Another Theatre-Filled Year – Looking Back at my 2015

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Skimming the blog that I wrote about this time last year I can’t believe so much time has gone by. I think we always start off a new year feeling positive and optimistic, and things rarely turn out the way we expect, for better or for worse.

I’ve certainly had my share of crappy moments this year, but when I sit down to write something like this, a summary in a few hundred words of several hundred days, I find that the things that stick out are still mostly positive. Why? Simply because while I can trace a positive experience back to every negative one, I never do the opposite; who cares what bad seems to follow from a good thing? Chances are, they aren’t really connected, and would you trade that good moment if it meant maybe not enduring the bad? When it comes to the negative, sure, it sucks. And honestly, if I were to just count them, this year has been mostly negative. However, with each and every bad moment I can follow it through and see how it played a crucial moment in the best times I’ve had this year. Flawed, contradictory logic? For sure. But whatever. If it gets you to the start of another year looking forward to the good things rather than dwelling on the bad, well, then, I don’t think anyone should complain.

So on that note, here’s a happy summary of all my fun-filled theatre experiences of 2015 – a reminder to you, and me, of all the good parts of the year and the bright things ahead.

A Dark New Musical

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I started off the year working on a new musical with one of my best friends. Those who know me likely know that it didn’t go as planned. At all. Still, in keeping with the positive theme of this post, here is what good did come from it;

  1. I met some amazingly talented people and was lucky enough to make some really great new friends. Theatre is all about connections and I made some good business ones there as well.
  2. I helped to create and produce an original, full-length musical, something that, not only had I never done before, but, regardless of how it turned out in the end, is a pretty big accomplishment in itself. I can’t tell you the number of hours put into that show, how exhausting it was on so many levels, but despite that I came out of it not jaded, not angry, still loving theatre and still loving the people I worked with. Anyone who has heard all the inside stories knows that that fact alone is nothing short of a miracle! It also tells me that, yes, I am in the right business.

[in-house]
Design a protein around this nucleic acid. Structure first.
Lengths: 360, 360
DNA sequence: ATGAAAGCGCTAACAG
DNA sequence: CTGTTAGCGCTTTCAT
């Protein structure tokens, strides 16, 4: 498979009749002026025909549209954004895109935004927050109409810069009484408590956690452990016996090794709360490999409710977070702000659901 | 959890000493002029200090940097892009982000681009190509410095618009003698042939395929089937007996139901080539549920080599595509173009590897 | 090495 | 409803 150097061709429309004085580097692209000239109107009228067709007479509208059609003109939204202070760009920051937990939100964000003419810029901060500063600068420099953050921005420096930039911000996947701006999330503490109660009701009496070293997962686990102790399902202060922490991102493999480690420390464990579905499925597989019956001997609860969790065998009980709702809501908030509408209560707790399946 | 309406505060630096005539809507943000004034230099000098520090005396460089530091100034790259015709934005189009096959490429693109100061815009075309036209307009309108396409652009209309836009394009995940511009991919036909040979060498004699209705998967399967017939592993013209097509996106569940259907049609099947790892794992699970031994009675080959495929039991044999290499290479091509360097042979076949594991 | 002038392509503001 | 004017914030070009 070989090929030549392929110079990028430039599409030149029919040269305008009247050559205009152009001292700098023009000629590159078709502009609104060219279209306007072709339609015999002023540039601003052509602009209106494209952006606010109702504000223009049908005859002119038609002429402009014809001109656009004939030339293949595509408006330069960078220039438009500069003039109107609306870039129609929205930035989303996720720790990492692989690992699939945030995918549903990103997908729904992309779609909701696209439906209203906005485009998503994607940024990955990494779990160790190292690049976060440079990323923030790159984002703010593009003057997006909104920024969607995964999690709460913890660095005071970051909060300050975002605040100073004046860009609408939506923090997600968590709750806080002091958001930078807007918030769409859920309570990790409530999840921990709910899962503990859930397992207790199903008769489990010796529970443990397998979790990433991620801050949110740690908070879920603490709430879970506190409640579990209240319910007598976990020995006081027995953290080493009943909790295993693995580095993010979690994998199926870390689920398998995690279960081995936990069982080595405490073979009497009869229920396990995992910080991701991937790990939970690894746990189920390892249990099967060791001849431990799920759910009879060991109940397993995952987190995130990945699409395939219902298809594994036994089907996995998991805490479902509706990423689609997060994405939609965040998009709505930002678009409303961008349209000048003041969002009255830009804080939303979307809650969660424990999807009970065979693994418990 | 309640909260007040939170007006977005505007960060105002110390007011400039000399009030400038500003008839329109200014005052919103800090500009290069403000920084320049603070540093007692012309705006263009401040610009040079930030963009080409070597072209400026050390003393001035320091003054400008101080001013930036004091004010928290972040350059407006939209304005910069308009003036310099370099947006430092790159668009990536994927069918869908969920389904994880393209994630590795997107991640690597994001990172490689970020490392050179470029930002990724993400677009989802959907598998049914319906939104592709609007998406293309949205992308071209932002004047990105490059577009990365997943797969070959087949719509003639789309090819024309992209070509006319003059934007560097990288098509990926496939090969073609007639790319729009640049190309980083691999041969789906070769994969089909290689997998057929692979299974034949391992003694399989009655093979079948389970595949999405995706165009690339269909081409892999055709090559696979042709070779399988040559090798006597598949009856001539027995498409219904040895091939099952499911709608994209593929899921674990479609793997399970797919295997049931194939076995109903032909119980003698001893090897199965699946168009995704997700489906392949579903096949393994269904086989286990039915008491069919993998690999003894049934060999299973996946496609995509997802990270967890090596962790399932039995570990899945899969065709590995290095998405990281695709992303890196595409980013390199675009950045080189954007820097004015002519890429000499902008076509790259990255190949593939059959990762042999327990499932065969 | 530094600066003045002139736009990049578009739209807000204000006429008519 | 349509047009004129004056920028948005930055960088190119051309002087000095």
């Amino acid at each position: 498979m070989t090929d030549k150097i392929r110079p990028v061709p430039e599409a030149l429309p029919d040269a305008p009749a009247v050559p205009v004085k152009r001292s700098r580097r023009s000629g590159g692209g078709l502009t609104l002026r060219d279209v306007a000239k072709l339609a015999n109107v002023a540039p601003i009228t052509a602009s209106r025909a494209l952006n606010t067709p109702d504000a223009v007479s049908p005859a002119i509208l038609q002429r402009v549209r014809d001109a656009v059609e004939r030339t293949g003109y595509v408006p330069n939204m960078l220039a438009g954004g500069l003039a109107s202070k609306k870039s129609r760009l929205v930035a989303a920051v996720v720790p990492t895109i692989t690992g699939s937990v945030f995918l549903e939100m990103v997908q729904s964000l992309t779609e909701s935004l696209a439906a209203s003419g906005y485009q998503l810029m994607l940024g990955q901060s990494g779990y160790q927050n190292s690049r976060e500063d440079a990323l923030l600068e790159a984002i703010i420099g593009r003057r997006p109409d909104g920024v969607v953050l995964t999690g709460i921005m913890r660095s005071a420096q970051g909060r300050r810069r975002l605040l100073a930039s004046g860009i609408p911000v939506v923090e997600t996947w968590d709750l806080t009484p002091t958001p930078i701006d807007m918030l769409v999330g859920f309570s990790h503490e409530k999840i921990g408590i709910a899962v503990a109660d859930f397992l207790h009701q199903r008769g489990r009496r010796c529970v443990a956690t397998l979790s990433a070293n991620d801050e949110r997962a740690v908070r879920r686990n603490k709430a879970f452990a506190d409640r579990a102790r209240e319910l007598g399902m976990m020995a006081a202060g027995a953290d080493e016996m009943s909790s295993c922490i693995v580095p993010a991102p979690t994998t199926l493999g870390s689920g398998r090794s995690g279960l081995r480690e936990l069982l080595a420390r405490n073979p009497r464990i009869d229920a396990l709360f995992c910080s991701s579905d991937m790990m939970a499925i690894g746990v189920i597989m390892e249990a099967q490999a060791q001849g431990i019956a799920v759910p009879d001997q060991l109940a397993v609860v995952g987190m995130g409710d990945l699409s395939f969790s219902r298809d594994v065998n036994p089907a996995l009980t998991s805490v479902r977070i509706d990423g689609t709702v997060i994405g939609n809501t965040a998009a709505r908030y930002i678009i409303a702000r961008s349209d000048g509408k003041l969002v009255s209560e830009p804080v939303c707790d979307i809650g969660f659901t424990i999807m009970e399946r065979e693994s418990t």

3. I got to visit NYC again for a little over a week. One of my favourite cities, I love going there and am trying to make it a goal to visit at least once every year.
  4. For better and for worse, I got to see the true colours of a lot of people, and I think that’s a very valuable thing to discover. For the most part, I was proud and very happy with what I saw, and for the rest, well, lesson learned.

I Wanna Be A…Producer?

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Conor, Kenton, Matt & myself

As I think I’ve said before, I started off producing purely out of necessity; there aren’t a lot of people out there who get excited by budgets and spreadsheets and who would prefer to stay behind the scenes, keeping everything running smoothly while most of the groups asks each other, “what do producers do, anyway?”. I had produced all of Bygone’s shows but not given much thought to doing it outside of that, until a friend of mine (who almost NEVER gives compliments) told me he thought I was good at it, and that it was a path I should follow. I took that to heart, as I do just about all that he says, still, I didn’t think there would really be any opportunity as I felt producers must have some sort of skill that I was lacking (although I wasn’t really sure what that would be).